John Calvin spoke of baptized infants as having a “seed” of faith.
This protofaith would eventually mature into fully-actualized adult faith in the case of the elect. However, the seed illustration does not mean that faith in the child is only a matter of potentiality. As Calvin unfolds the way he understands God’s work in the infant, it becomes clear that he believes infant faith and adult faith stand in a continuum. Infant faith is not merely a dormant virtue, awaiting some later development to awaken it. While Calvin struggles to describe infant faith, he has no qualms about robustly affirming that God can and does work faith in infants by His Spirit. He does not view infant faith as something rare or strange. Indeed, he gives it a kind of normativity, and connects it with the sacrament of initiation. Infant faith is a significant component of Calvin’s theology.
…Calvin argues that infants can experience the grace of regeneration in Christ in Institutes of Christian Religion 4.16.17 and 4.16.18. In the next section, he responds to the (Anabaptist) argument that infants should not be baptized because they cannot understand preaching:
Many He certainly has called and endued with the true knowledge of Himself by internal means, by the illumination of the Spirit, without the intervention of preaching. But since they deem it very absurd to attribute any knowledge of God to infants, whom Moses makes void of the knowledge of good and evil, let them tell me where the danger lies if they are said now to receive some part of that grace, of which they are to have the full measure shortly after. For if fullness of life consists in the perfect knowledge of God, since some of those whom death hurries away in the first moments of infancy pass into life eternal, they are certainly admitted to behold the immediate presence of God. Those therefore whom the Lord is to illumine with the full brightness of His light, why may He not, if He so pleases, irradiate at present with some small beam, especially if He does not remove their ignorance before He delivers them from the prison of the flesh? I would not rashly affirm that they are endued with the same faith which we experience in ourselves or have any knowledge at all resembling faith, (this I would rather leave undecided); but I would somewhat curb the stolid arrogance of those men who, as with inflated cheeks affirm or deny whatever suits them.
Several points here are worthy of close attention. Calvin says infants can receive in infancy some small measure of the fuller grace they will receive later in life. They do not have the “same faith” as adult believers because their faith does not include the same kind of knowledge. But they are still capable of receiving inner operations of grace, presumably a kind of incipient faith. This is especially important in the case of infants dying in infancy: Calvin does not want to make their salvation an exception to sola fide. But he indicates other infants who grow to maturity may have faith as well. Nothing indicates that Calvin thought of infant faith as a rarity; indeed, he seems to regard all covenant infants as subjects of the Spirit’s work.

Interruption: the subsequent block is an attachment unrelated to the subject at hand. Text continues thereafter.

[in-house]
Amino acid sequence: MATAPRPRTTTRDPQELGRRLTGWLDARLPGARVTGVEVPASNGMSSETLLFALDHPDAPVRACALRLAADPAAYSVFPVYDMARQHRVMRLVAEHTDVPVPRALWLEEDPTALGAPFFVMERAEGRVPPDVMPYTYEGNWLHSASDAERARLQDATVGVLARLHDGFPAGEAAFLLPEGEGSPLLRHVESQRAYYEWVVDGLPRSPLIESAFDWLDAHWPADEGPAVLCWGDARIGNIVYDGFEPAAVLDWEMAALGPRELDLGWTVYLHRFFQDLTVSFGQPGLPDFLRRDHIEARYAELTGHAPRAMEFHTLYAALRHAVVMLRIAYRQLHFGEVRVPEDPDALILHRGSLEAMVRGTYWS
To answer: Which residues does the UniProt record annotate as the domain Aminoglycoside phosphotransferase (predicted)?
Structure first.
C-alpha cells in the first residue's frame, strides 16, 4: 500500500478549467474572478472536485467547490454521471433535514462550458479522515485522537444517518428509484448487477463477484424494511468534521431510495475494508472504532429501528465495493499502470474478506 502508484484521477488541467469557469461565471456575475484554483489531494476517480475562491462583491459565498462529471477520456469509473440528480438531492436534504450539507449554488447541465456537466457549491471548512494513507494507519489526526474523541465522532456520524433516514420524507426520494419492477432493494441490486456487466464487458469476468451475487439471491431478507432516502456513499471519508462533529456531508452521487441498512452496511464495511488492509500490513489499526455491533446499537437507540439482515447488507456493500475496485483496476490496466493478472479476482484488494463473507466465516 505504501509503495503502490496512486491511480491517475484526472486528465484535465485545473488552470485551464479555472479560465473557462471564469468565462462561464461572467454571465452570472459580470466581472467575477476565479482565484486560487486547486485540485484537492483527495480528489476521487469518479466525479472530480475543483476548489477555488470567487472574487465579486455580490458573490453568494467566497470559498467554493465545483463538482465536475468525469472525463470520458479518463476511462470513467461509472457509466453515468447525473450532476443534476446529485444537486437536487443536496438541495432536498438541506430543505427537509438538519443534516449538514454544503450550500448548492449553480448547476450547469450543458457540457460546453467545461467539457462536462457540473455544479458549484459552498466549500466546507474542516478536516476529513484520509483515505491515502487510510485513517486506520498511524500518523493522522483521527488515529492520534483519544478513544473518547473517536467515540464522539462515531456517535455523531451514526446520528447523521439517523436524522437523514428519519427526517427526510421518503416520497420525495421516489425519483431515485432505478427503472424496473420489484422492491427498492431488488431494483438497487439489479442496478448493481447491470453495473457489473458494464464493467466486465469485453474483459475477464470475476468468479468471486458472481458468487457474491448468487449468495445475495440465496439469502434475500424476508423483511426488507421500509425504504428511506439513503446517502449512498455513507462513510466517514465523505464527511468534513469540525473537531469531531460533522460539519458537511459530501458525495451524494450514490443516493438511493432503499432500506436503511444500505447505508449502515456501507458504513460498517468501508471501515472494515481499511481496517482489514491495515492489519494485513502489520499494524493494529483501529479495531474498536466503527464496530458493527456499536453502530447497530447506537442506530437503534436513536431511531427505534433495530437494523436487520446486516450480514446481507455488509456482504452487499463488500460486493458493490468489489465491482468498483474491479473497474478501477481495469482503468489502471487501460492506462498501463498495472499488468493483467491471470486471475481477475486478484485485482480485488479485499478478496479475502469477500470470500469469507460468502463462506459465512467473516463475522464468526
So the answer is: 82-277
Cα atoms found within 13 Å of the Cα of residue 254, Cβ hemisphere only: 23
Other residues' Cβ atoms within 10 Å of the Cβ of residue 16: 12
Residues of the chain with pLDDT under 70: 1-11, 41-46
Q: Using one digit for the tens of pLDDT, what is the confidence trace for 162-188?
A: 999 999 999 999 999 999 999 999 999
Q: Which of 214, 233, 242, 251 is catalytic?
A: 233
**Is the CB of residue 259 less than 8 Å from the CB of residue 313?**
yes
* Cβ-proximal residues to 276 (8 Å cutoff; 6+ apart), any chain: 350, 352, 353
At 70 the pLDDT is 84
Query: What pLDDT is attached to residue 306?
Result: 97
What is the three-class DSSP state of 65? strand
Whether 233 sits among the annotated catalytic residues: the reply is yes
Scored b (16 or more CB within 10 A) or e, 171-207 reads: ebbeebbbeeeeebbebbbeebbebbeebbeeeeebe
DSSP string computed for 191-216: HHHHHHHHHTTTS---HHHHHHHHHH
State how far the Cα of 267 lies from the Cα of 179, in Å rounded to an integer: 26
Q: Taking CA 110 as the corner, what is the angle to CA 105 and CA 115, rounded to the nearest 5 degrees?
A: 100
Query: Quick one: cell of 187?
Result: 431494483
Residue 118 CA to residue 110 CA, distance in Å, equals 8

Calvin acknowledges that paedofaith is different from adult faith, but he is content to leave the nature of such faith undetermined, beyond the obvious admission that infants do not have knowledge like we do as adults. However difficult it might be to conceive of faith in infants, only “stolid arrogance” (that is, stubborn rationalism) would lead someone to deny the possibility of infant believers. Infants are capable of a “small beam” of grace, which may give way to full light later on in life. This illumination even in infancy is God’s gift and can justly be called “faith.”
In 4.16.20, Calvin furthers the point. Baptism (like circumcision) is a sacrament of faith and repentance; thus, only repentant believers should receive it. Any objection to paedobaptism is also an objection to paedo-circumcision, but everyone agrees that infants were to be circumcised in old covenant Israel.
For although infants, at the very moment they were circumcised, did not comprehend with their understanding what the sign meant, they were truly circumcised to the mortification of their corrupt and defiled nature, a mortification that they would after- ward practice in mature years. To sum up, this objection can be solved without difficulty: infants are baptized into future repentance and faith, and even though these have not yet been formed in them, the seed of both lies within them by the secret working of the Spirit.
Calvin says infants could not grasp the meaning of the sign with their understanding, but this does not preclude their grasping it by faith. Here again, Calvin distinguishes adult faith and repentance from the infantile form of these virtues, which he calls their “seed.” Faith and repentance are present in infants in an inchoate, seminal form. In time, they will come to fuller and more active expression. Calvin clearly views infant faith as organically related to adult faith. A covenant child would not need to have a “conversion experience” in order to become a believer; he simply needs to grow in the faith he possessed even as an infant. Calvin was no revivalist.
This post was adapted from Paedofaith: A Primer on the Mystery of Infant Salvation and a Handbook for Covenant Parents by Rich Lusk (Athanasius Press, 2005).